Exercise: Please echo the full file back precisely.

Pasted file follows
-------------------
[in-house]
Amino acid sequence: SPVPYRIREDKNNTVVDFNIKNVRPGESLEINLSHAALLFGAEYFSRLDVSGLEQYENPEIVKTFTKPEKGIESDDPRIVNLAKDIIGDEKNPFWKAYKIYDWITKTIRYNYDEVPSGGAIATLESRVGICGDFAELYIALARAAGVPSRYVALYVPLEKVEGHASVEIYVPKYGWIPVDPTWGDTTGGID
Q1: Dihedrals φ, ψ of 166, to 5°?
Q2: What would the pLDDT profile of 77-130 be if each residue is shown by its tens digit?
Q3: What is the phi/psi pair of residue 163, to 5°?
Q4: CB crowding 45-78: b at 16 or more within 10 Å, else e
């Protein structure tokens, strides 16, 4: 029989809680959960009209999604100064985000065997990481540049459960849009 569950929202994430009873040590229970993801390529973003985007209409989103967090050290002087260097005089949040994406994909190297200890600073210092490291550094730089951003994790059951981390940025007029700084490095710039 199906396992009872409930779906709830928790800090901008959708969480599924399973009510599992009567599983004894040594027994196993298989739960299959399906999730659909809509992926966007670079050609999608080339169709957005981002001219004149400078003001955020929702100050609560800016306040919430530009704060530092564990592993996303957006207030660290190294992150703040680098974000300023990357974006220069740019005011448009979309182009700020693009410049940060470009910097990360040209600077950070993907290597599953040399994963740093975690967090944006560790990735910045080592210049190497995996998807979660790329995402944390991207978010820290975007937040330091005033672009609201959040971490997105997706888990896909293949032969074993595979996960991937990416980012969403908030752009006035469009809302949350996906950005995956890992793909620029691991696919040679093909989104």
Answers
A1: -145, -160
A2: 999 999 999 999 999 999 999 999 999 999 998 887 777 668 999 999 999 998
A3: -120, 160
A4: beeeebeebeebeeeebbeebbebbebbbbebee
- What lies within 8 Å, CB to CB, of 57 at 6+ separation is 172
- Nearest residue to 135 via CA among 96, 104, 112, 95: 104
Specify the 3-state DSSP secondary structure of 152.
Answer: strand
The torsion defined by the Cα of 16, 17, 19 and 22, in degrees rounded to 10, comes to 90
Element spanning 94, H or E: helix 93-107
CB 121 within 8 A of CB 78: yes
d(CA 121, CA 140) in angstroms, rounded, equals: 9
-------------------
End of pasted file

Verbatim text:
[in-house]
Amino acid sequence: SPVPYRIREDKNNTVVDFNIKNVRPGESLEINLSHAALLFGAEYFSRLDVSGLEQYENPEIVKTFTKPEKGIESDDPRIVNLAKDIIGDEKNPFWKAYKIYDWITKTIRYNYDEVPSGGAIATLESRVGICGDFAELYIALARAAGVPSRYVALYVPLEKVEGHASVEIYVPKYGWIPVDPTWGDTTGGID
Q1: Dihedrals φ, ψ of 166, to 5°?
Q2: What would the pLDDT profile of 77-130 be if each residue is shown by its tens digit?
Q3: What is the phi/psi pair of residue 163, to 5°?
Q4: CB crowding 45-78: b at 16 or more within 10 Å, else e
């Protein structure tokens, strides 16, 4: 029989809680959960009209999604100064985000065997990481540049459960849009 569950929202994430009873040590229970993801390529973003985007209409989103967090050290002087260097005089949040994406994909190297200890600073210092490291550094730089951003994790059951981390940025007029700084490095710039 199906396992009872409930779906709830928790800090901008959708969480599924399973009510599992009567599983004894040594027994196993298989739960299959399906999730659909809509992926966007670079050609999608080339169709957005981002001219004149400078003001955020929702100050609560800016306040919430530009704060530092564990592993996303957006207030660290190294992150703040680098974000300023990357974006220069740019005011448009979309182009700020693009410049940060470009910097990360040209600077950070993907290597599953040399994963740093975690967090944006560790990735910045080592210049190497995996998807979660790329995402944390991207978010820290975007937040330091005033672009609201959040971490997105997706888990896909293949032969074993595979996960991937990416980012969403908030752009006035469009809302949350996906950005995956890992793909620029691991696919040679093909989104």
Answers
A1: -145, -160
A2: 999 999 999 999 999 999 999 999 999 999 998 887 777 668 999 999 999 998
A3: -120, 160
A4: beeeebeebeebeeeebbeebbebbebbbbebee
- What lies within 8 Å, CB to CB, of 57 at 6+ separation is 172
- Nearest residue to 135 via CA among 96, 104, 112, 95: 104
Specify the 3-state DSSP secondary structure of 152.
Answer: strand
The torsion defined by the Cα of 16, 17, 19 and 22, in degrees rounded to 10, comes to 90
Element spanning 94, H or E: helix 93-107
CB 121 within 8 A of CB 78: yes
d(CA 121, CA 140) in angstroms, rounded, equals: 9